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Advanced Microfluidics & Diagnostics using Acoustic Holograms – Bio-Phononics

Final Report Summary - BIO-PHONONICS (Advanced Microfluidics & Diagnostics using Acoustic Holograms – Bio-Phononics)

The miniaturisation of medical technologies makes devices cheaper, reduces the costs of expensive reagents, enables smaller samples to be taken, painlessly and improves their performance. Methods to handle the small samples belong to a field known as “microfluidics” or Lab-on-a-Chip, involving developing technologies for the movement of fluids on or around microstructured surfaces, including channels. Flow is often driven by peristaltic pumps or in high electrical fields creating electrokinetic flows. In this project we created new techniques to enable pressure driven flow through the use of surface acoustic waves (SAWs) which propagate across the surface of the diagnostic device. To better control the nature of the acoustic field when using SAWs, we developed the concept of using periodic arrays known as phononic crystals within microfluidics. In doing so, we have enabled a new field exploring how liquids interact with these "acoustic holograms".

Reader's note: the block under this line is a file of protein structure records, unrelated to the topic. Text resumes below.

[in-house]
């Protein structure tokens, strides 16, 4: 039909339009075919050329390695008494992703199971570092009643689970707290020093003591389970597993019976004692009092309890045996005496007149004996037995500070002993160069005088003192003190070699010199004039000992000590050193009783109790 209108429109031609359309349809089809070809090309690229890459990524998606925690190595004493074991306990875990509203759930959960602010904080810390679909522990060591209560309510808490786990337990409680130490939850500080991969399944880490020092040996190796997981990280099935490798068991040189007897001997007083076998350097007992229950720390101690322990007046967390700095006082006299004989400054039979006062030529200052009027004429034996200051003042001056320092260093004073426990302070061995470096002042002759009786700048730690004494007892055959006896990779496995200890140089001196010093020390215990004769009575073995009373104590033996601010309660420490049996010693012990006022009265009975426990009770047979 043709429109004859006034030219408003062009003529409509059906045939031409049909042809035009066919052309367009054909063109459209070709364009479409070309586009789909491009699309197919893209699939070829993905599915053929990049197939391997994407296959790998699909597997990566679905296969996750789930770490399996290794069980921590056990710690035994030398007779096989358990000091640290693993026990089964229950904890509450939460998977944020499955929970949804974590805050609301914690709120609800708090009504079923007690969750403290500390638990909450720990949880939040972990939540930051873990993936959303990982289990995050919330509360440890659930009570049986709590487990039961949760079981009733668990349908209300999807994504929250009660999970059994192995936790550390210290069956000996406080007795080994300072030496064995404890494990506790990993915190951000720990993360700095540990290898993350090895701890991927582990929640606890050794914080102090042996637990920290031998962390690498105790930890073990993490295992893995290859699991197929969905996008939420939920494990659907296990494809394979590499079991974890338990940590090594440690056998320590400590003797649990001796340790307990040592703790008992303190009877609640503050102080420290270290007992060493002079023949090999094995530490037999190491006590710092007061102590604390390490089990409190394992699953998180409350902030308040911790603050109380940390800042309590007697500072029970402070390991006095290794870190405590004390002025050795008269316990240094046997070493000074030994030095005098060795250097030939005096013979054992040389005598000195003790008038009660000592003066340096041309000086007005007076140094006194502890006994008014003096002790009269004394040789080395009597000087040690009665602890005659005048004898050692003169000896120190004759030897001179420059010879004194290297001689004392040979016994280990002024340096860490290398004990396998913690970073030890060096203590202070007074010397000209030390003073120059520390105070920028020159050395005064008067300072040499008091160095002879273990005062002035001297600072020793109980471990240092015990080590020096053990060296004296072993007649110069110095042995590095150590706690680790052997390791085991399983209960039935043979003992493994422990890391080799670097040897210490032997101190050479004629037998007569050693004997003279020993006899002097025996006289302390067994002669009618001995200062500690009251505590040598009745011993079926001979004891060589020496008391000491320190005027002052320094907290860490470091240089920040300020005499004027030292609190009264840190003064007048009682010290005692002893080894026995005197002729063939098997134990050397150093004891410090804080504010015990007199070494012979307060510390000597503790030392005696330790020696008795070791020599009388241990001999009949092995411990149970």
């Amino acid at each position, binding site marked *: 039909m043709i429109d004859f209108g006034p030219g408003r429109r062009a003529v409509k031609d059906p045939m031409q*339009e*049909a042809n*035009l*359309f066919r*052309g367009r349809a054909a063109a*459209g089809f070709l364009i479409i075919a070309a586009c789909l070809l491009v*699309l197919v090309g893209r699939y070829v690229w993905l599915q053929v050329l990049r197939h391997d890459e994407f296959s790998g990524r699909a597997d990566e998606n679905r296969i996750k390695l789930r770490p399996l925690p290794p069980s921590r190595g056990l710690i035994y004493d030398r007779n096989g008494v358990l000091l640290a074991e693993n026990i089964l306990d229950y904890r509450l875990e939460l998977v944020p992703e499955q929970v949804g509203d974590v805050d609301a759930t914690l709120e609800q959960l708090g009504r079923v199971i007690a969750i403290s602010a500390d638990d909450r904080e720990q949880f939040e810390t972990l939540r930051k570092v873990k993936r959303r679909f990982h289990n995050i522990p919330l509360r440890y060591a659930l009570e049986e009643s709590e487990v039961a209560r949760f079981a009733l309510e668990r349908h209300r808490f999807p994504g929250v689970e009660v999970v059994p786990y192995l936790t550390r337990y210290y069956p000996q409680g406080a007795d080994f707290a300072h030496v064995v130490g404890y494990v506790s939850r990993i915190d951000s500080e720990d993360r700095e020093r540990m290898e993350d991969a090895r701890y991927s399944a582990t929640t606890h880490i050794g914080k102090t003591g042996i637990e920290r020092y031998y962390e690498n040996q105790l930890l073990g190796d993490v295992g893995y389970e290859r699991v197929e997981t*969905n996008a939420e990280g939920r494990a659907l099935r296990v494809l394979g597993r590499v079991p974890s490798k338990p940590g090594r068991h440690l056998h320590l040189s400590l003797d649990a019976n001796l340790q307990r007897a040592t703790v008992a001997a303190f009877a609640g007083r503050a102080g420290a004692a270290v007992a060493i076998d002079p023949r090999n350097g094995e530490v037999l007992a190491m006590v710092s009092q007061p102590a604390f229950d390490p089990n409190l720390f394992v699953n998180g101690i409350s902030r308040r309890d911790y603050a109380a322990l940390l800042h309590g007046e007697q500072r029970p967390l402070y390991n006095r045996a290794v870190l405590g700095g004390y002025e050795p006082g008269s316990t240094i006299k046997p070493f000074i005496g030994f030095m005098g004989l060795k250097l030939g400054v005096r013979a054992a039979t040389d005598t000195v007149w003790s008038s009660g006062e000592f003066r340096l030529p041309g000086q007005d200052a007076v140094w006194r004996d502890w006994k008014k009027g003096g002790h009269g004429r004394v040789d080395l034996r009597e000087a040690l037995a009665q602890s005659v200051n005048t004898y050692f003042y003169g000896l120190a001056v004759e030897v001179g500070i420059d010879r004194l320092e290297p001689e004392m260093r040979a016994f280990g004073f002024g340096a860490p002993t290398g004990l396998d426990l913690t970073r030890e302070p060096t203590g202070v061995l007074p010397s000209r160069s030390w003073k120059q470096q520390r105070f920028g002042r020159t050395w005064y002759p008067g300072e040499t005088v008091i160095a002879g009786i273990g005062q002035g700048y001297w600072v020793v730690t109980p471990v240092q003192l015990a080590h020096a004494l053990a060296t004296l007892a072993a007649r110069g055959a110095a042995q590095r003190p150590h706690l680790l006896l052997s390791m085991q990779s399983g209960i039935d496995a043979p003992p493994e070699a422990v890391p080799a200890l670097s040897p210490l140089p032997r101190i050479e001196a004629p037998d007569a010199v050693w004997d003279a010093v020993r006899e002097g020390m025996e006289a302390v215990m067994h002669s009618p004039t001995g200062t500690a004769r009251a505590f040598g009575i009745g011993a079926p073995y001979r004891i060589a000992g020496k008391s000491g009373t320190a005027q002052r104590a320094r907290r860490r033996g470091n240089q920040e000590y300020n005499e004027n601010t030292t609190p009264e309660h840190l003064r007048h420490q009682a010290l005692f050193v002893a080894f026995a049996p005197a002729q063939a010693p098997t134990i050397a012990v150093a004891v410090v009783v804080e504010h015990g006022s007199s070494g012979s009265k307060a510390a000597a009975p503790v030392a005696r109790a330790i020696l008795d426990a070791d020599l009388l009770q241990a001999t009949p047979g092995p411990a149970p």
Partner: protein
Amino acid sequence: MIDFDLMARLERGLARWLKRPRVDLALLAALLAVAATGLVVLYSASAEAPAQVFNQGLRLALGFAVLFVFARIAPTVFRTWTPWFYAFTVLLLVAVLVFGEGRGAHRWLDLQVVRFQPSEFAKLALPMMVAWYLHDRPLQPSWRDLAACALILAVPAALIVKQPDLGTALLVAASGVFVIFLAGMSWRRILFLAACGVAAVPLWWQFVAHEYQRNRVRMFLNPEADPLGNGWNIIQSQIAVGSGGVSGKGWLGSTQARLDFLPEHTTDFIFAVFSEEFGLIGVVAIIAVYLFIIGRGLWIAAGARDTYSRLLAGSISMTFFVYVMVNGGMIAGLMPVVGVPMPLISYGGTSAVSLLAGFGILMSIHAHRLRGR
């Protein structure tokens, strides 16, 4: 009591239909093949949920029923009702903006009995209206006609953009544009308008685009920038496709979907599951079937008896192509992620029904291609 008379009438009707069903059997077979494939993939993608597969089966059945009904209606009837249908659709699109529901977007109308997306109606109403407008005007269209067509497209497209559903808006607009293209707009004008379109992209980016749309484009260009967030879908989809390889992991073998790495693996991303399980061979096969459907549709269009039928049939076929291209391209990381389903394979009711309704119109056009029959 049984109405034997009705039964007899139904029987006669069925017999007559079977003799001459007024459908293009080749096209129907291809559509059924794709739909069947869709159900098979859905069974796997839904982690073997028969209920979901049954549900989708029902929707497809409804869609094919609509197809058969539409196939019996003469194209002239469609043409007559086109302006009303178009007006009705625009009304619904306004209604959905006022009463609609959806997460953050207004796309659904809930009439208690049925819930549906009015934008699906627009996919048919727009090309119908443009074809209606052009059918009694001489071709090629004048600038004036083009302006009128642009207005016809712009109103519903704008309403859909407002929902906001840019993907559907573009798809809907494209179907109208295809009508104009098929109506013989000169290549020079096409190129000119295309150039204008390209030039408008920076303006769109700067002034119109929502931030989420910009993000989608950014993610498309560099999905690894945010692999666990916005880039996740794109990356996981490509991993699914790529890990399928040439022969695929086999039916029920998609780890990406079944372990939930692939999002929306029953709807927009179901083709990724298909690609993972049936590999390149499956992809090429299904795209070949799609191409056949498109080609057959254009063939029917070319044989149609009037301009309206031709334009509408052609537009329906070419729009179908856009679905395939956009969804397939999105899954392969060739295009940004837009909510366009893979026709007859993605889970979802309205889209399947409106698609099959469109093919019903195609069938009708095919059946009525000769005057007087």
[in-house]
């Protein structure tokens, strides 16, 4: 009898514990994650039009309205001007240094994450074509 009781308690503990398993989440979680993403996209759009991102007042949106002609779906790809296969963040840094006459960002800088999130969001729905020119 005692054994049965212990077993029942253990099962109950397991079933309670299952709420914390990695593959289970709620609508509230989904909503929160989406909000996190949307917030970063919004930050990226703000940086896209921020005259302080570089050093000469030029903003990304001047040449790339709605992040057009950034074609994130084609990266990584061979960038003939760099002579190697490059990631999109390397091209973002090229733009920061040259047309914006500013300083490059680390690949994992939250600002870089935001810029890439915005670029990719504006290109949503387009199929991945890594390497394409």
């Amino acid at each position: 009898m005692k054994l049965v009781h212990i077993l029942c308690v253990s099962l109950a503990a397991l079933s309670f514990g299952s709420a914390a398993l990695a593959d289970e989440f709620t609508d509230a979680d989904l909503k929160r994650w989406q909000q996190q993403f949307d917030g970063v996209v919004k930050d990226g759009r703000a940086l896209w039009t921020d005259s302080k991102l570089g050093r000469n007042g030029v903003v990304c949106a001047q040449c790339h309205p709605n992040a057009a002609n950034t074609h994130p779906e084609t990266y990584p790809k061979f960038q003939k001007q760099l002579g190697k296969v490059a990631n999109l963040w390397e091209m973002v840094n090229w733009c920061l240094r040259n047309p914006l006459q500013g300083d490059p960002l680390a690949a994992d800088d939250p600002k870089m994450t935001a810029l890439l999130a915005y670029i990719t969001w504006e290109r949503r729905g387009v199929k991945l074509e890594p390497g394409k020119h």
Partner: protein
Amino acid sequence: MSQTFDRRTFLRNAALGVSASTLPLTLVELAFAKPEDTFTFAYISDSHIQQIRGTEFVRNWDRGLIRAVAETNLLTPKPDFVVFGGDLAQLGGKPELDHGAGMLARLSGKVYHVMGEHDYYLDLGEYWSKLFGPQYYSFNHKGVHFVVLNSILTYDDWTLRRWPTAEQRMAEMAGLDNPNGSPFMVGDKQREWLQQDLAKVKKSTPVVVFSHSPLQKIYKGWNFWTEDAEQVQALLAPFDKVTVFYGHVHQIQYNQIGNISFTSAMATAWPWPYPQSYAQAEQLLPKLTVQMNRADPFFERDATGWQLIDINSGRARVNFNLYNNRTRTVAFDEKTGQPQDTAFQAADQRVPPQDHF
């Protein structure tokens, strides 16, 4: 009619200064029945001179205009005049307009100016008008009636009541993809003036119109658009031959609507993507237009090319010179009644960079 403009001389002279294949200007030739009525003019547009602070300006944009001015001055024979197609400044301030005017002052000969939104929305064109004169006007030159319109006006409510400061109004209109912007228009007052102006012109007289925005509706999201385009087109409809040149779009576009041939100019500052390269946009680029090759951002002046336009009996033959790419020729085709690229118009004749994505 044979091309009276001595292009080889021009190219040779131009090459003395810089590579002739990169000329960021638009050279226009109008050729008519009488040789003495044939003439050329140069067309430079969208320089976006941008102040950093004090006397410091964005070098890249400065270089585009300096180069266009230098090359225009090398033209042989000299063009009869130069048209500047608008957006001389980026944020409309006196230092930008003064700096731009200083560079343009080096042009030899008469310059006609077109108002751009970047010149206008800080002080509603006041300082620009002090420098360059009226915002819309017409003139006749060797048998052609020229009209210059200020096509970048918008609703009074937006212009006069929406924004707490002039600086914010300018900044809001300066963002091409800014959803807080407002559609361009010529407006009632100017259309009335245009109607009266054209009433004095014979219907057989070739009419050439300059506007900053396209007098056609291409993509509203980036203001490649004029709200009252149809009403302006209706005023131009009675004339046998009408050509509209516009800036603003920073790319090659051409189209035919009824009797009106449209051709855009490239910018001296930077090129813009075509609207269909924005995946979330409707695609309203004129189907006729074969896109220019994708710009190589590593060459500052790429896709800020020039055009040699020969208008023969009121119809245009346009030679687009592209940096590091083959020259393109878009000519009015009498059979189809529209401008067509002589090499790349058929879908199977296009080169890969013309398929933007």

The way the structures work can be explained by analogy to traditional optical holograms, which change the field and create new visual patterns. Our acoustic holograms change the acoustic fields, shaping the ultrasonic field, and enabling us to make acoustic waveguides, mirrors and lenses. These new acoustic fields interact with fluids to create new microfludic flows.

We have been able to demonstrate how we can create interesting liquid manipulations, including four “real-world” examples, namely (i) sample preparation and identification of malarial parasites in whole blood; (ii) the measurement of the viscosity of blood, a key marker used in diagnosis to determine drug treatment following cardiovascular disease; (iii) new techniques for gene sequencing and finally (iv) new methods to create aerosols from liquids, which may have important applications in the delivery of medicines to the lungs.